as many as 48 aircraft in the brew at a time. For those who make the grade, once
achieving Ace status (five kills) the pilot can paint his own plane. Choice is
apparently unlimited: the paint shop on the base is a separate module, but
the player only receives the keys after promotion.
Damage modelling is very detailed.: wings damaged or lost, fuel tank leaks, oil leaks, engine damage, control surface damage etc. Pilots will also sustain varying degrees of injury. Its a bit startling to watch the landing gear from a Fokker DRI drift by your aircraft after you shear it off with your gun. If you take hits you might have a wing bent or hanging by a thread, more hits and away it goes! When aircraft come apart, they really COME APART. Try shooting up a tent at an airbase and watch the soldiers come flocking out, taking shots at you with 303s! Rowan has also included an impact toggle if you like to see the impact.
The other addition to the original, however small it is in the overall scheme of things, is the auto padlock option. When enabled, the padlock view switches automatically between the inside and outside view or the "target sight" and outside view. Switching to the outside view occurs whenever the padlocked aircraft cannot be displayed on the inside view. Switching to the inside view occurs when the padlocked aircraft would be in the centre of the inside view.
Furthermore, a peripheral view mode can be enabled from the "extras" configuration screen. When enabled, aircraft that are off screen but in real life would have been seen in the pilot’s peripheral vision are displayed as blobs at the side of the screen. In addition, on the inside padlock view a wire frame of the player’s aircraft is displayed above the aircraft. This is to compensate for a computer pilots lack of "seat of the pants" feedback. The wire frame indicates the aircraft orientation when there are no parts of the "real" aircraft visible on screen.
On V1.0 the number pad arrow keys are used to pan around the cockpit. This option has been retained for Gold. However a scroll lock key operates a toggle between the existing "panning" views and a set of fixed views:
- 1 left back quarter
- 2 6 o’clock view
- 3 right back quarter
- 4 left
- 5 look straight up
- 6 right
- 7 left forward quarter
- 8 forward
- 9 right forward quarter
The major addition in FC Gold is the mission editor. The planner will allow the player to build missions, campaigns and careers that can be played in Flying Corps, even in the DOS version though the editor itself requires WIN95. I was surprised that the editor is an entirely separate module in WIN95, not requiring you to enter the simulator at all. You can then design a mission from scratch or load an existing mission and modify all the parameters. Events can also be assigned to 'hot spots' on the ground, so if you fly near an enemy base, aircraft will scramble and AAA will engage. The mission building tools include:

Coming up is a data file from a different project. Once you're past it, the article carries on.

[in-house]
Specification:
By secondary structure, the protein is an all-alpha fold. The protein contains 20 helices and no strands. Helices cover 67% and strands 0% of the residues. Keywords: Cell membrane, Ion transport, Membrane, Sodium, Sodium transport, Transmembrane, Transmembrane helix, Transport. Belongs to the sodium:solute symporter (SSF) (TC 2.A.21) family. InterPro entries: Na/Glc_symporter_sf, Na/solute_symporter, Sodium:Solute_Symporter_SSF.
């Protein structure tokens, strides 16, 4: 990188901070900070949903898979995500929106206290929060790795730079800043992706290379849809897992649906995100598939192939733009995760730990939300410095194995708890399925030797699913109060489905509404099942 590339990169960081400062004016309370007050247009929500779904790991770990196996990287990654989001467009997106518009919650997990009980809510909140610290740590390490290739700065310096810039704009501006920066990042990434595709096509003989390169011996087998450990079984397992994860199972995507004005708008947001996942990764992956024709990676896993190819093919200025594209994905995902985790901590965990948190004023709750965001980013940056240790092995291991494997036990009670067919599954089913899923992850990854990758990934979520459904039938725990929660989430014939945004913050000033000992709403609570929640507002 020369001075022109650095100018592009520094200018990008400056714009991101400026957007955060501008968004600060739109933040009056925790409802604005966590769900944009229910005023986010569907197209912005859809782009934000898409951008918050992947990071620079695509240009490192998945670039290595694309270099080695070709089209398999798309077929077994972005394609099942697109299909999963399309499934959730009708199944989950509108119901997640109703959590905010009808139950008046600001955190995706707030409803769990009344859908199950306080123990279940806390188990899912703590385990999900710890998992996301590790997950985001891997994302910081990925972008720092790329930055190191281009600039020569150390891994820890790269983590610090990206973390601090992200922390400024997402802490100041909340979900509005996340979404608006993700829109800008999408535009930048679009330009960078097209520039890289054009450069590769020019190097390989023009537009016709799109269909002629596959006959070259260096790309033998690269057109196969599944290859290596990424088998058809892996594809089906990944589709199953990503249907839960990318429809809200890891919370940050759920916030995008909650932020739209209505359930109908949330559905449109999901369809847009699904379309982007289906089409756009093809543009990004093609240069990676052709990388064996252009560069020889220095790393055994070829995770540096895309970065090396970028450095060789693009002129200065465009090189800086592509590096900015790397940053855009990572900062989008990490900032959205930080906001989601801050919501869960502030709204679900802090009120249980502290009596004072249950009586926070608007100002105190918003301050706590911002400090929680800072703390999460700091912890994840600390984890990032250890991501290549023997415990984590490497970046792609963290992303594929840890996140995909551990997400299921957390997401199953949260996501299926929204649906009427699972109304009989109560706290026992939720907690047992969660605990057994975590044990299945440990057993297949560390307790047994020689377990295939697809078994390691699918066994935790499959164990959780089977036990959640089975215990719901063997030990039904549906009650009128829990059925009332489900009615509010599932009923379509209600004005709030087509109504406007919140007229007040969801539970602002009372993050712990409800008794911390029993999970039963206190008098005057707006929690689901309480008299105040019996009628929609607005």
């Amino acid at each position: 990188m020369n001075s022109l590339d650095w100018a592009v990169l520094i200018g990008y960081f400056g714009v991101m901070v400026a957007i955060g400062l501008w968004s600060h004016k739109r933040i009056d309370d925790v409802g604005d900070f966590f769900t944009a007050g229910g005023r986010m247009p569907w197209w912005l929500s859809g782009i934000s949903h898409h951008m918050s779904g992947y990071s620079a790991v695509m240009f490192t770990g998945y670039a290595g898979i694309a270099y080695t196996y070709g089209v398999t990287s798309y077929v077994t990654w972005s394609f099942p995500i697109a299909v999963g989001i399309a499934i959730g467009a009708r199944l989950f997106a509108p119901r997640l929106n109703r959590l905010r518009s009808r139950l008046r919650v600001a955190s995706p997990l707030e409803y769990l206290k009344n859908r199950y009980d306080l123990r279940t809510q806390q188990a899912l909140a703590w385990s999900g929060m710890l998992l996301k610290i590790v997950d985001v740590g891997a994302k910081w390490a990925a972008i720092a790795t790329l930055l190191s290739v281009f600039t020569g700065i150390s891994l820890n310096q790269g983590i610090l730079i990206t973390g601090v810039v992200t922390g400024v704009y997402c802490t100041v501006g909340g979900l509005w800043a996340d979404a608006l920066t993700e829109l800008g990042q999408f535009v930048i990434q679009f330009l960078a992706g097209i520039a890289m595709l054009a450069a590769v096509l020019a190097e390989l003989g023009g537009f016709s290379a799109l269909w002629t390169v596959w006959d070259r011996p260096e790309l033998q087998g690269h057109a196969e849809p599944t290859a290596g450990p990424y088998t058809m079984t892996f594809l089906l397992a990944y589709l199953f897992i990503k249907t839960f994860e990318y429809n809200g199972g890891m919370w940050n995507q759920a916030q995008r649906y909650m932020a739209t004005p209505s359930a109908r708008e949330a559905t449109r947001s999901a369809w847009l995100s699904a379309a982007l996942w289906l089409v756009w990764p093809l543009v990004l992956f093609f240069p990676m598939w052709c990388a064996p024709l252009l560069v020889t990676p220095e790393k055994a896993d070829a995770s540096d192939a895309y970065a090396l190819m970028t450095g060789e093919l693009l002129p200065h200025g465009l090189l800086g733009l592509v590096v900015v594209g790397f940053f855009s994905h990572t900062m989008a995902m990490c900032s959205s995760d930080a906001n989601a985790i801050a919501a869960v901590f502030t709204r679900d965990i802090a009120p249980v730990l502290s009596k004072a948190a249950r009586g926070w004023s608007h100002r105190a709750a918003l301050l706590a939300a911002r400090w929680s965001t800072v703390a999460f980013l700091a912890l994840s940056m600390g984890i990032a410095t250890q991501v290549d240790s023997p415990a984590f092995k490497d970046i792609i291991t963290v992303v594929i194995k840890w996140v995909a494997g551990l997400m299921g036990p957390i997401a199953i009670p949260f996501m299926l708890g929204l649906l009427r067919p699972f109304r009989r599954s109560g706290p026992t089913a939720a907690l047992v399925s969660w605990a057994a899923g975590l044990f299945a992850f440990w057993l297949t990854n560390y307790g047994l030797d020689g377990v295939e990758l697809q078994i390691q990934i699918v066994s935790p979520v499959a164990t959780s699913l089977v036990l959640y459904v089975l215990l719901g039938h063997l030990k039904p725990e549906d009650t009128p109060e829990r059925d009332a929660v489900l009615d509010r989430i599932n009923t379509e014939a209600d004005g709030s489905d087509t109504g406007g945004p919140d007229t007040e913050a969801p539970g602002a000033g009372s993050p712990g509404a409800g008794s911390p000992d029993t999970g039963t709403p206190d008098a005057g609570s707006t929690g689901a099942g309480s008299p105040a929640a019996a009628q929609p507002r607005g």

- Event Macros that allow you to set up complex encounters and situations within a mission.
- Historically accurate pre-defined Templates can be used to populate the "world".
- An editable historical database that can be used to define opposition and friendly squadrons.
One of the huge benefits of the editor is that it allows the creation of fairly complex land battles. If you've been waiting to hone your ground attack skills and wishing for move involvement in CAS missions this is for you! Want to set up a clash of large armies with many tanks and fly support missions? Go for it! You want trucks and supply trains and artillery involved? Why not! And yes, you can even add troops!
Once your mission is prepared, you can click on RUN and it will compile and you are launched into the mission. Now that you can also choose to MINIMIZE FC rather than exit completely this combination works very nicely. However, its not advisable to do this if you have only 16 meg of Ram.
Rowan has taken an interesting approach to the campaigns, designing three scripted ones and a fourth (Battle of Cambrai) that is dynamic. The Battle of Cambrai is the first. A mass of British tanks, Royal Flying Corps squadrons, infantry and cavalry is approaching Cambrai, a bastion for the German army. This was the first battle where tanks were massed and used to lead the attack. The player takes the part of a Central Powers Pilot at the forward airbase of Flesquieres. Allied tanks have already rolled through Havrincourt, and are now approaching your airfield.